Behind the Cube: Leveraging Learning Science in Media Production
Learning science guides everything that we do. A constantly evolving field that draws from many areas of study, including cognitive science, psychology, neuroscience, and more, learning science helps us understand how students learn. We use what we know from learning science to create materials and resources that enable educators to optimize learning for every student — and we strive to incorporate knowledge from learning science into every decision we make that impacts the student experience.
To see what this process looks like in action, we’re highlighting just a few of our team members that use learning science in their daily work.
Today’s Highlight: Kristin Sundermeyer, Director, Media Production and Acquisition
Can you briefly explain your role here at McGraw-Hill Education?
I am the Director of Media Production & Acquisition for the School Group. I oversee a talented team that manages the development and procurement of the photos, videos, illustrations, charts, graphs, maps, GIFs, animations that go in to our K-12 programs. We have media designers in house who can create just about any media asset type and then scale it to meet our product and user needs.
How has learning science influenced your work?
Learning Science has provided the media team with evidenced-based principles that can be applied when developing media assets for digital learning environments. The principles are simple, such as the signaling principle which suggests using visual cues to highlight essential content. Makes sense, right? We have captured the principles in a checklist that the Media Designers use when creating or reviewing media assets.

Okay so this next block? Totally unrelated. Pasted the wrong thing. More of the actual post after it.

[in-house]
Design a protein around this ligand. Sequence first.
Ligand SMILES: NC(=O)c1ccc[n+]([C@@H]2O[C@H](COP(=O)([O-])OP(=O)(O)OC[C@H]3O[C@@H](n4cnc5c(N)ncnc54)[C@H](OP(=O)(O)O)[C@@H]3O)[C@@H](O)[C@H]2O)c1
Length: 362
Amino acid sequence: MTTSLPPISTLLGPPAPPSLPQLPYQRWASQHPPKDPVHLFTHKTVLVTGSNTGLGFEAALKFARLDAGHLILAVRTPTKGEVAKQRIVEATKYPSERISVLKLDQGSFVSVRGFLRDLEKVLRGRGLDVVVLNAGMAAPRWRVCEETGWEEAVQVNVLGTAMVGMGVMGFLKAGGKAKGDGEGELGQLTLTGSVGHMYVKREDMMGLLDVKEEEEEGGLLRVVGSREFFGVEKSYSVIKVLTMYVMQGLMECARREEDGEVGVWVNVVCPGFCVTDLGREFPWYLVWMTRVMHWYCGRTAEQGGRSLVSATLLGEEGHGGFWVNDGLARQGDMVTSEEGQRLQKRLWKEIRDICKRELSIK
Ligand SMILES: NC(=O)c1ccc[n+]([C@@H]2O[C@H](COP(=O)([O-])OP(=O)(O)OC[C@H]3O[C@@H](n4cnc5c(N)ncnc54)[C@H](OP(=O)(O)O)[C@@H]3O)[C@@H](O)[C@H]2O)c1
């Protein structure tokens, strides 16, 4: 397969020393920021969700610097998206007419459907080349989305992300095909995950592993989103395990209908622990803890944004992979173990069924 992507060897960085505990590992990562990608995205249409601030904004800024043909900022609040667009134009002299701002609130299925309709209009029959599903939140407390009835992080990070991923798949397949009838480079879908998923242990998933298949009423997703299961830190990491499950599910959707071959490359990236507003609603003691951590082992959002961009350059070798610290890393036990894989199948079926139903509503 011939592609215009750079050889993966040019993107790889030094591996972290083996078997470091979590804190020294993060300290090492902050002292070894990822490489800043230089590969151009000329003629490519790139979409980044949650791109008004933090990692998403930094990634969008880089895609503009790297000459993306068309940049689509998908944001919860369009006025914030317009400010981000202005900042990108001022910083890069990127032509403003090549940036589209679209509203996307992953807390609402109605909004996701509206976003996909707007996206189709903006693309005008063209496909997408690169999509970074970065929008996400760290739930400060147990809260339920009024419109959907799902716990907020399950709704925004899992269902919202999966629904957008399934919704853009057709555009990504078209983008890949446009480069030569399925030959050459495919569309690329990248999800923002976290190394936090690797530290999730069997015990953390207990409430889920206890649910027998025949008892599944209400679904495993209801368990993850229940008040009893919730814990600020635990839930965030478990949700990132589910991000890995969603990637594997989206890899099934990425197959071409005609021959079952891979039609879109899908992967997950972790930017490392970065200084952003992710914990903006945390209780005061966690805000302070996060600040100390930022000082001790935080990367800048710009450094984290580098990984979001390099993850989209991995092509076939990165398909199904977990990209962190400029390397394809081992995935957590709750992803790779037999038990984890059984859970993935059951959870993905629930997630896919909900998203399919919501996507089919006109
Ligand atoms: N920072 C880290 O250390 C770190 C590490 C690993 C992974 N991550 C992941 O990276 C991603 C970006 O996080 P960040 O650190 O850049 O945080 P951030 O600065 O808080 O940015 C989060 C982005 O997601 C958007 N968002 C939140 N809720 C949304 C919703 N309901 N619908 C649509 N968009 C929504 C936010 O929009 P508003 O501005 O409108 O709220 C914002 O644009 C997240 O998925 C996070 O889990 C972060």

How does your work with learning science impact student experiences with our solutions?
We use these principles throughout product development to ensure we are not, for example, distracting a student with decorative illustrations or not signaling important information in an animation. We can be confident knowing that students are getting an experience that reduces extraneous processing, manages their essential processing, and fosters generative processing all while serving up an engaging visual that captures and holds their attention.
Why do you think learning science is critical to all stakeholders in K-12 education?
Learning science is critical to stakeholders in K-12 education because it provides a foundation for developing content in a digital environment that has been proven to foster learning. What better way to ensure our students are learning and retaining their education than to look at the science of how learning happens and apply that to the work we do every day at McGraw-Hill Education to unlock the full potential of each learner.